The Canadian LOVS Trial5
This clinical trial, the Lung-Open Ventilation Study (LOVS), was carried out in 26 Canadian hospitals plus 3 in Australia and 1 in Saudi Arabia. It compared the effects of 2 different protocols—1 of them designed to achieve greater lung recruitment—for the ventilatory management of patients with ALI or ARDS. The control group was managed according to the ARDSnet low-tidal-volume protocol, using volume assist-control, tidal volumes 6 mL/kg PBW, and plateau pressures less than 30 cm H2O. The intervention group was ventilated using pressure-control ventilation with tidal volume 4-8 mL/kg PBW and maximum plateau pressures 40 cm H2O; a recruitment maneuver consisting of a 40-sec inspiratory hold at 40 cm H2O was performed on each patient in this group on study entry. PEEP and FIO2 were adjusted according to ladders similar to those in the ARDSnet protocols, with PEEP substantially higher at all FIO2 points in the intervention group. Physiological variables were measured, but the primary outcome measure was all-cause hospital mortality.
There were 983 consecutive patients enrolled. On Day 1 of the study, mean tidal volumes in the intervention and control groups were each 6.8 mL/kg PBW. Mean plateau pressures were 30.2 and 24.9 cm H2O, respectively (p < 0.001). PEEP in the 2 groups on Day 1 was 15.6 and 10.1 cm H2O, respectively (p < 0.001). Corresponding mean values for PaO2/FIO2 were 187.4 and 149.1 mm Hg, respectively (p < 0.001).
All-cause hospital mortality was 36.4% in the open-lung, higher-PEEP group, and 40.4% in the control group (relative risk 0.90; 95% CI, 0.77-1.05; p = 0.19). There were no differences in ventilator days or ICU days in the two groups. Barotrauma occurred in 11.2% of the higher-PEEP patients and 9.1% of those in the control group (RR 1.21; 95% CI, 0.83-1.75; p = 0.33). The experimental protocol allowed for use of rescue therapies such as prone positioning, inhaled nitric oxide, and high-frequency oscillatory ventilation, in the event of refractory hypoxemia (defined as PaO2 < 60 mm Hg on FIO2 = 1.0 for at least 1 hr). Refractory hypoxemia occurred more often in the control patients than in the higher-PEEP, "open-lung" patients: 10.2% vs 4.6%, p = 0.01. More patients died with refractory hypoxemia in the control group: 8.9% vs 4.2%, p = 0.03. Rescue therapies were used more often in the control group: 9.3% vs 5.1%, p = 0.045.
Thus, the higher-PEEP, open-lung strategy improved oxygenation and was associated with less use of rescue therapies for severe hypoxemia, but had no significant effect on survival or the other outcomes examined.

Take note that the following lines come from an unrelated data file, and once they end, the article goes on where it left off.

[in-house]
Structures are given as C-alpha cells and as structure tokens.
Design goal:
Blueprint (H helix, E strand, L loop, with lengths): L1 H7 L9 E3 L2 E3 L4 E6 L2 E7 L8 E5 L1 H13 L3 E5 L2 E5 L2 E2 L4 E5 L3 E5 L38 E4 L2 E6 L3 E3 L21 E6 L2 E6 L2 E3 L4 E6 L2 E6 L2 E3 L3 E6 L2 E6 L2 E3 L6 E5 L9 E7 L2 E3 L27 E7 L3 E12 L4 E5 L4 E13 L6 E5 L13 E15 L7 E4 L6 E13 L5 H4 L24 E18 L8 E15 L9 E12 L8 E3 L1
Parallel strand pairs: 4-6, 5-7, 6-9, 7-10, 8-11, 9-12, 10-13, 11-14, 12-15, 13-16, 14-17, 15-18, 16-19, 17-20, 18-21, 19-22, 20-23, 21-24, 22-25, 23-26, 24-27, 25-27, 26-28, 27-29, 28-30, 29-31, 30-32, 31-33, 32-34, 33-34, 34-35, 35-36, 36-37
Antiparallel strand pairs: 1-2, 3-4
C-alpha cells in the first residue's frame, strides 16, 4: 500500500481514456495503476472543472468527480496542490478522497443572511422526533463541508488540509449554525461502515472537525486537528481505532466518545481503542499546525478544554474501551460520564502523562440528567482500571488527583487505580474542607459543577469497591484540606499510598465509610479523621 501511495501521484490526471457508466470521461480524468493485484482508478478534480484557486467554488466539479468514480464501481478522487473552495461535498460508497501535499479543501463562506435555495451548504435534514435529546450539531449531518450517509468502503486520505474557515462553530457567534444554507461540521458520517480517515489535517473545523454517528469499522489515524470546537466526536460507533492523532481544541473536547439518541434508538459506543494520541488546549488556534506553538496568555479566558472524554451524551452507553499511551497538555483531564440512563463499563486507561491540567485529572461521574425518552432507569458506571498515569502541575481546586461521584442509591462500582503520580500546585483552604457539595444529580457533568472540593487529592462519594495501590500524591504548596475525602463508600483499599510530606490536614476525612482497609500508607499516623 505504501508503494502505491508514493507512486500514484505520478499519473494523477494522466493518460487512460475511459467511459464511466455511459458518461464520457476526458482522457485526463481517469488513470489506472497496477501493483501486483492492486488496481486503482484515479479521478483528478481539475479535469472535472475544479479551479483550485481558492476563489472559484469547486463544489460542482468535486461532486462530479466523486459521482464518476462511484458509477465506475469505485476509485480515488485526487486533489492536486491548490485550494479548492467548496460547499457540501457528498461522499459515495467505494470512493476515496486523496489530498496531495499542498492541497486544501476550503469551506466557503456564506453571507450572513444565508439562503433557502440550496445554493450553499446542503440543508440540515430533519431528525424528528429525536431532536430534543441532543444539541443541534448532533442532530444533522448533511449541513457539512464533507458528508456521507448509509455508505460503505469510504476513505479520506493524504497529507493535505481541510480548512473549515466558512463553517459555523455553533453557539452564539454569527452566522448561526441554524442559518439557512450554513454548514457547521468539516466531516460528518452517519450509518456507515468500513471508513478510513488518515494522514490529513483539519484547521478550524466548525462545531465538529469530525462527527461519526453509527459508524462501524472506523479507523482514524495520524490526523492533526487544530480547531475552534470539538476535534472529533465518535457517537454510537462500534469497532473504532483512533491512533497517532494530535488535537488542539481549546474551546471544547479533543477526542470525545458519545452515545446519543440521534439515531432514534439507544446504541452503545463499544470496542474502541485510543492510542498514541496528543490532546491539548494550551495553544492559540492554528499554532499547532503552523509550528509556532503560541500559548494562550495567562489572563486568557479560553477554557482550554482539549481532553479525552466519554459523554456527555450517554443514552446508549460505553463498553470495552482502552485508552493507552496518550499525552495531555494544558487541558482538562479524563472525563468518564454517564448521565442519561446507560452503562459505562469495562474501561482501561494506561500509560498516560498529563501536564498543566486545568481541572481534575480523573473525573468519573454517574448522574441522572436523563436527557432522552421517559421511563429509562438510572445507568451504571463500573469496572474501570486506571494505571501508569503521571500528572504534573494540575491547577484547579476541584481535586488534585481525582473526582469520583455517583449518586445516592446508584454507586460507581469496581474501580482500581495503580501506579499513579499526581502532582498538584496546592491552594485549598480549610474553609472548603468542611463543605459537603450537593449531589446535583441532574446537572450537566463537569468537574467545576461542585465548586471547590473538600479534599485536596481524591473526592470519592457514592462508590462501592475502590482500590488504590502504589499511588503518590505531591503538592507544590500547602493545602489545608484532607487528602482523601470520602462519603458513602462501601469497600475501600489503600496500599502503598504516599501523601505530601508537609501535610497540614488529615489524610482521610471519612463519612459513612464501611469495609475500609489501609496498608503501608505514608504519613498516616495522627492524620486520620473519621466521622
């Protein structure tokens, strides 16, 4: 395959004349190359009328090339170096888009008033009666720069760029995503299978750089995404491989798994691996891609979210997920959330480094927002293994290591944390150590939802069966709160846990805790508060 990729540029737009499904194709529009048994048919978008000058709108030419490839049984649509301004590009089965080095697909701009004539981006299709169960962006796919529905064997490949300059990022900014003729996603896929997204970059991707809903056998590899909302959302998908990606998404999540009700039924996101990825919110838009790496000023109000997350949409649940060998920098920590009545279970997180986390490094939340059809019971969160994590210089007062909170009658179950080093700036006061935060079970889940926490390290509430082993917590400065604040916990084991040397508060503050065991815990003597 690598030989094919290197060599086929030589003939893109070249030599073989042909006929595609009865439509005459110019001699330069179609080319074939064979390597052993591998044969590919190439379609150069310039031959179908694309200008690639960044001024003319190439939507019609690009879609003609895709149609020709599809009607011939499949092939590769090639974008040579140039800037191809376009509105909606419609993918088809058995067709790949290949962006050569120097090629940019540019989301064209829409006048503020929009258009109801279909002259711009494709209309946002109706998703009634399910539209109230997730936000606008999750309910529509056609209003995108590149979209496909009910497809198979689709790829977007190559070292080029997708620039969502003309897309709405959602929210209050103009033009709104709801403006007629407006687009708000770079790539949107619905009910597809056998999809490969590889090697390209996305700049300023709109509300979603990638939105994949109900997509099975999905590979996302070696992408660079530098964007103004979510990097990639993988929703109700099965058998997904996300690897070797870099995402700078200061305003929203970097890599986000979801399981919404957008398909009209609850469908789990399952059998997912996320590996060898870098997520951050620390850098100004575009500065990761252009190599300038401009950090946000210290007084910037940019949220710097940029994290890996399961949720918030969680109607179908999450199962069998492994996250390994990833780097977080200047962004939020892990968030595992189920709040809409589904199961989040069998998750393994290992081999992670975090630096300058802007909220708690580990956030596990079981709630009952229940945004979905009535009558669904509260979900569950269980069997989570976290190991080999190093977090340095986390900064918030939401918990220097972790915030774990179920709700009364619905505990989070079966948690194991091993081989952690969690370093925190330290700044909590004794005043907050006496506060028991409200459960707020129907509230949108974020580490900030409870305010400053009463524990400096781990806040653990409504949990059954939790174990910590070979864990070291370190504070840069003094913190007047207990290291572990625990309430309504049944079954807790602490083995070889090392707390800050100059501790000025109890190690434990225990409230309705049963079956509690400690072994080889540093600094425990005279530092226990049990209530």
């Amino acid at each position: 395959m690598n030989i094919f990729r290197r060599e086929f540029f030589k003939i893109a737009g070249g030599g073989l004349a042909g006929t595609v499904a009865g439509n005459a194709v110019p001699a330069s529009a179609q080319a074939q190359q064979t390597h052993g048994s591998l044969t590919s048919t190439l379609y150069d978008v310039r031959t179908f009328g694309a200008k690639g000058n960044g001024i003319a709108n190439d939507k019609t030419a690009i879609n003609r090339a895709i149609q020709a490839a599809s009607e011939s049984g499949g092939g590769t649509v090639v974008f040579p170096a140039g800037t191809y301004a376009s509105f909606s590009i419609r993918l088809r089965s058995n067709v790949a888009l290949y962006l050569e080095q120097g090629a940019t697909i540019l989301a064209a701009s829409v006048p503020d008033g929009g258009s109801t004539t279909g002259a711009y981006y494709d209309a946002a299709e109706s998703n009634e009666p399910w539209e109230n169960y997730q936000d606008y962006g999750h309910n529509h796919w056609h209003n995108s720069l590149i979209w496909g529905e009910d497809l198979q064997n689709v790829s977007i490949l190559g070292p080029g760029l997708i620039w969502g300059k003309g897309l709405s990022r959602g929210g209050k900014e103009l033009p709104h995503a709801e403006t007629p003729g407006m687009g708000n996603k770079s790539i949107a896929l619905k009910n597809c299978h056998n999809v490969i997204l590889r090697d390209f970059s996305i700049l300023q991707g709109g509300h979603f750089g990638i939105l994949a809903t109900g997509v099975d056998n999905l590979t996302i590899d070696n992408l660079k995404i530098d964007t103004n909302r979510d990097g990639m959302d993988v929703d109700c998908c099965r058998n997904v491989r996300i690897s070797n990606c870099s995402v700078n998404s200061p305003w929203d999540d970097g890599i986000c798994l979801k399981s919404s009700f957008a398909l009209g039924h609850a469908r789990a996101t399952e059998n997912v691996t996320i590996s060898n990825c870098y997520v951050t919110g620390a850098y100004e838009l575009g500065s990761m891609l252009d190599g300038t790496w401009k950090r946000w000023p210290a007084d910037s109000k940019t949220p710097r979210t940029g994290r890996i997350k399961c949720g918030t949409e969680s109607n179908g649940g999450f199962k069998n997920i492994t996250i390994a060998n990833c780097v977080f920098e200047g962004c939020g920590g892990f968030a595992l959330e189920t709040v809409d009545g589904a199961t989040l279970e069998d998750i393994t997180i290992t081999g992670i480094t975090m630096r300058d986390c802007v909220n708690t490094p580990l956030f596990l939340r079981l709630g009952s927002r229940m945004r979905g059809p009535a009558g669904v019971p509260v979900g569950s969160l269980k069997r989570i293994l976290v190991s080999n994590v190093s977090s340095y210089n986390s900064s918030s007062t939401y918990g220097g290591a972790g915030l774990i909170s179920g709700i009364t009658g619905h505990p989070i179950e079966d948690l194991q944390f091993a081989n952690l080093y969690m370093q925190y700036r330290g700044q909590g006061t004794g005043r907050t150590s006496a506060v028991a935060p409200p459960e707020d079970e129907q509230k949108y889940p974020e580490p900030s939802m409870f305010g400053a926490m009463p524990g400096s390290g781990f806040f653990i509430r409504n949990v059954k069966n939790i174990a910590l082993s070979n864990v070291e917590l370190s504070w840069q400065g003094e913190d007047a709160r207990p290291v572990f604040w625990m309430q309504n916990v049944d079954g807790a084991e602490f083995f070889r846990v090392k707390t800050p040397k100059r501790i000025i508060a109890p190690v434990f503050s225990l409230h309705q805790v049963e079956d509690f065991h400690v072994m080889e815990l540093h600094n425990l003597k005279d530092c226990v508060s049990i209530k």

The French "Express" Study6
This trial compared a ventilator strategy designed to maximize lung recruitment to a second strategy aimed at limiting lung distension, primarily using different approaches to the application of PEEP. Tidal volume was 6 mL/kg PBW in both protocols. In the minimum-distension group, PEEP and plateau pressure were kept as low as possible while maintaining PaO2 55-80 mm Hg (SpO2 88-95%); target PEEP was 5-9 cm H2O. In the increased recruitment group, PEEP was maintained as high as possible without increasing plateau pressure above 30 cm H2O, regardless of PaO2. Recruitment maneuvers were allowed but not encouraged. As in the LOVS trial, rescue therapies could be used in the event of critical hypoxemia. The primary endpoint was 28-day mortality. Secondary endpoints were 60-day hospital mortality, ventilator-free days, and organ-failure-free days at 28 days.
There were 767 patients in 37 French ICUs enrolled. On Day 1, tidal volume was 6.1 mL/kg PBW in each group. Mean PEEP levels were 14.6 and 7.1 cm H2O in the maximum-recruitment and minimum-distension groups, respectively (p < 0.001), with corresponding mean plateau pressures 27.5 and 21.1 cm H2O (p < 0.001). Oxygenation was greater in the maximum-recruitment patients, with mean FIO2 and PaO2/FIO2 ratios of 0.55 vs 0.66 and 218 vs 150 mm Hg, respectively (p < 0.001 for both).
Twenty-eight day mortality in the maximum-recruitment group was 27.8%, as compared to 31.2% in the minimum-distension group (relative risk, 1.12; 95% CI 0.90-1.40; p = 0.31). Corresponding overall hospital mortality rates in the 2 groups were 35.4% and 39.0%, respectively (p = 0.30). The increased recruitment group compared to the minimal distension group had a higher median number of ventilator-free days at 28 days (7 vs 3, p = 0.04), and also a higher median number of organ-failure-free days (6 vs 2, p = 0.04).
Thus, a ventilation strategy designed to maximize lung recruitment without causing overdistension improved oxygenation and was associated with more ventilator- and organ-failure-free days in the first 28 days after enrollment, but did not affect survival.
The Editorials: Same Data, Different Takes